Flexagons are flexible polygons folded from strips of paper (e.g. see post

viewtopic.php?f=1&t=9831). They come in many different shapes and there are lots of different flexes you can do, where a flex is analogous to rotating a portion of a typical twisty puzzle. Think of them as a twisty puzzle you can fold up and put in your pocket, with similarities to folding a Rubik’s Magic. Figuring out new ways to solve one can involve discovering new flexes as well as new sequences of flexes. And to make matters more interesting, each flex changes the structure of the flexagon, making it so the set of possible flexes change dramatically with each move.

Flexagons have been around for quite awhile, but recently I’ve figured out a bunch of new ways to make interesting puzzles that are a lot like working with a polyhedral twisty puzzle. The most well known of the flexagons is the hexaflexagon, with six equilateral triangles arranged in a hexagon. But you can make a flexagon from any polygon and fold them into many different shapes. Only two sides are visible at any given time, but an arbitrary number of sides can be hidden. I’ve concentrated primarily on triangle flexagons because it’s easier to have five or more polygons per face, which makes for a large variety of flexes. Plus triangles allow such flexagons to lie flat in many configurations.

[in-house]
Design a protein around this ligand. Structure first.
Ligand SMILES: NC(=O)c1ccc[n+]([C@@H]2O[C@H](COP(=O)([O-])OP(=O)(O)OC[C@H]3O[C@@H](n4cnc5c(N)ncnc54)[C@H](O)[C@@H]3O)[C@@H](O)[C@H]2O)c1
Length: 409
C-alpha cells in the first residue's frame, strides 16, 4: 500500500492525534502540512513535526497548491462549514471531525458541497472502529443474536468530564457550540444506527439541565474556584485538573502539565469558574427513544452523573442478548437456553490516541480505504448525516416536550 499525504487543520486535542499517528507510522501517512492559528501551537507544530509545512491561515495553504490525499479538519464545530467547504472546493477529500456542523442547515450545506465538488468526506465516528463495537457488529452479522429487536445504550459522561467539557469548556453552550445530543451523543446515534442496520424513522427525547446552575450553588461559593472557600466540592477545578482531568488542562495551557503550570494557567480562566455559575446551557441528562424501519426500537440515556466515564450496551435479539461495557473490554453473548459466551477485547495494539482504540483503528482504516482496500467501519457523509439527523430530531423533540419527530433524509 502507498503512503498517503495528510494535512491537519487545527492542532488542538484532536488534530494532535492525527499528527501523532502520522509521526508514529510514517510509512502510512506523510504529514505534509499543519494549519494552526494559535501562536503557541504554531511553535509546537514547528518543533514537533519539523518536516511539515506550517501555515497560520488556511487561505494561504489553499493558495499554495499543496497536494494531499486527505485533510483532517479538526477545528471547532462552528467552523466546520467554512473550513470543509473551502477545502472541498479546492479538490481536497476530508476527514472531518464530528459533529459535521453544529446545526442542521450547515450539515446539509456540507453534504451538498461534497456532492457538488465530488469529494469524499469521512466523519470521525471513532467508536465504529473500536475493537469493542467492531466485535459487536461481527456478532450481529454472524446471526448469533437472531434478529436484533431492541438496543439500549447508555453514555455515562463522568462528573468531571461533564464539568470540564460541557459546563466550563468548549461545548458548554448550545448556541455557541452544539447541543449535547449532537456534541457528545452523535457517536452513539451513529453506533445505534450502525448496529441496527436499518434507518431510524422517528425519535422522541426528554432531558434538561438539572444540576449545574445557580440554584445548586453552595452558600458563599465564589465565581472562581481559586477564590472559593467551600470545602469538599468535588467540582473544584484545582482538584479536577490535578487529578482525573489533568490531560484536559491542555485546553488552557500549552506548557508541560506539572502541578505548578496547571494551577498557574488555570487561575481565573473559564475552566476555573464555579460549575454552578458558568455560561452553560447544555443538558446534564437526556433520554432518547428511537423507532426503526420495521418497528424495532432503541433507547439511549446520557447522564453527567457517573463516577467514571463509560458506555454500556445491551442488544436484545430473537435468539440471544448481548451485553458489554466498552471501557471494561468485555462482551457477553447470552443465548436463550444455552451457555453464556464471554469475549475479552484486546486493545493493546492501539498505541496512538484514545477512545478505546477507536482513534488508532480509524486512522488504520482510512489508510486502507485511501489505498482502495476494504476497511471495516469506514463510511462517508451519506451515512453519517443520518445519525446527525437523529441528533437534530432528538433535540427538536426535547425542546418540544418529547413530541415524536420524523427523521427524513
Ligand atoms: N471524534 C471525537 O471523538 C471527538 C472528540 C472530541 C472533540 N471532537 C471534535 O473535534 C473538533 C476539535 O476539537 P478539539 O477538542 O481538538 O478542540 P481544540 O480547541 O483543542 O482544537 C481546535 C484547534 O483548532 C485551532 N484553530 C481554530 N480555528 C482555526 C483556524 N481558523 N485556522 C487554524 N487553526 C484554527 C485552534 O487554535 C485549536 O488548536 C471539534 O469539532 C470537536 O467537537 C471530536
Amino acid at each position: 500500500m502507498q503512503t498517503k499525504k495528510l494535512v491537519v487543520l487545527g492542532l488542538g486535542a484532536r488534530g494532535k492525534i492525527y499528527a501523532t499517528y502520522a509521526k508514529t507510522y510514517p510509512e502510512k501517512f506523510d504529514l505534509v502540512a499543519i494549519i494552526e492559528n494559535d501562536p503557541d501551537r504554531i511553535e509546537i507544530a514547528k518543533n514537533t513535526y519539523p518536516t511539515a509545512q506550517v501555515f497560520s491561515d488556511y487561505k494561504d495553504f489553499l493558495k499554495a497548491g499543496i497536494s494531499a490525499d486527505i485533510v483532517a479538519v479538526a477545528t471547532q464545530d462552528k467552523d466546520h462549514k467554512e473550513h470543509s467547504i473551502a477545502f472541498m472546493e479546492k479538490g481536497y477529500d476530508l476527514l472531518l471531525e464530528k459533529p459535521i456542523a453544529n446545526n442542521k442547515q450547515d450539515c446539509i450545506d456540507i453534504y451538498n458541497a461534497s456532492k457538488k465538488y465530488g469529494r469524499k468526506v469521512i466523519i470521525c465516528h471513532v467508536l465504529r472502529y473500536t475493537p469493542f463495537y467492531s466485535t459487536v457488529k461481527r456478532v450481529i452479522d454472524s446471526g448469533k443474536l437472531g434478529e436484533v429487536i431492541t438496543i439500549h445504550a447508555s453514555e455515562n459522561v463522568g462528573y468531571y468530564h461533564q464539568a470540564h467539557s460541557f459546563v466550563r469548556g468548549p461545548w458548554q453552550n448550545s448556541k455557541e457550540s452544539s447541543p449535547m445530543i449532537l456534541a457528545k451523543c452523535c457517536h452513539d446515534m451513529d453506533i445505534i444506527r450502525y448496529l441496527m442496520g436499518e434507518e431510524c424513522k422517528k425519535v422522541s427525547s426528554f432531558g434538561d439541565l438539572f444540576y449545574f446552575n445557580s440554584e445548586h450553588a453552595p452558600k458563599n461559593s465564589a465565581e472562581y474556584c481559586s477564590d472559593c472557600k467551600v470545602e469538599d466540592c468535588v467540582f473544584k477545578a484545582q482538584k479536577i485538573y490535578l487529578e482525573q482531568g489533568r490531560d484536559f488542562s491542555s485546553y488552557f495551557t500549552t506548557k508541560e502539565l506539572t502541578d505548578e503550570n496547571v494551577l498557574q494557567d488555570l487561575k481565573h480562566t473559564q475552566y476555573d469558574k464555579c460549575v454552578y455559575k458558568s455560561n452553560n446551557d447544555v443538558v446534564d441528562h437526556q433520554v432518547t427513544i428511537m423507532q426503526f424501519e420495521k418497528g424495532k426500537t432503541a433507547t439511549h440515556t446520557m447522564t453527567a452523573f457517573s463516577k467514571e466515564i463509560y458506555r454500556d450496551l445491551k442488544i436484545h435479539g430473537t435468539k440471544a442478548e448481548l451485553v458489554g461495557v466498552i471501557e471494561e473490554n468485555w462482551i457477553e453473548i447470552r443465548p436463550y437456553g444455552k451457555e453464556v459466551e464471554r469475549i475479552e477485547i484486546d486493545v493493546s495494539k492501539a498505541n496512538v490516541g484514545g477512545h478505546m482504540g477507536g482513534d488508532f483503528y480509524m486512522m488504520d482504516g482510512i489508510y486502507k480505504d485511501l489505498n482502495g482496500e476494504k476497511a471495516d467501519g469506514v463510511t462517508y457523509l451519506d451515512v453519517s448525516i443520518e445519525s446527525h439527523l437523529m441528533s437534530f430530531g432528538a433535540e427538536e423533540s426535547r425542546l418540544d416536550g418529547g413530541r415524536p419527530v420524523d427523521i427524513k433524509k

A sampling of triangle flexagons:

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Puzzles on flexagons:

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Some of the other possible flexagons:

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To give you an idea of what it’s like to manipulate one of these puzzles, here are links to videos of several interesting flexagons from my youtube channel

http://www.youtube.com/user/loki3dot:

For a collection of flexagon templates you can make yourself, a list of some of the flexes and description of the notation I use to describe flex sequences, you can go to my web site,

http://loki3.com/flex/.

I know these are a bit different from the other puzzles here, but they have enough similarities that I thought this group would enjoy them.

- Scott Sherman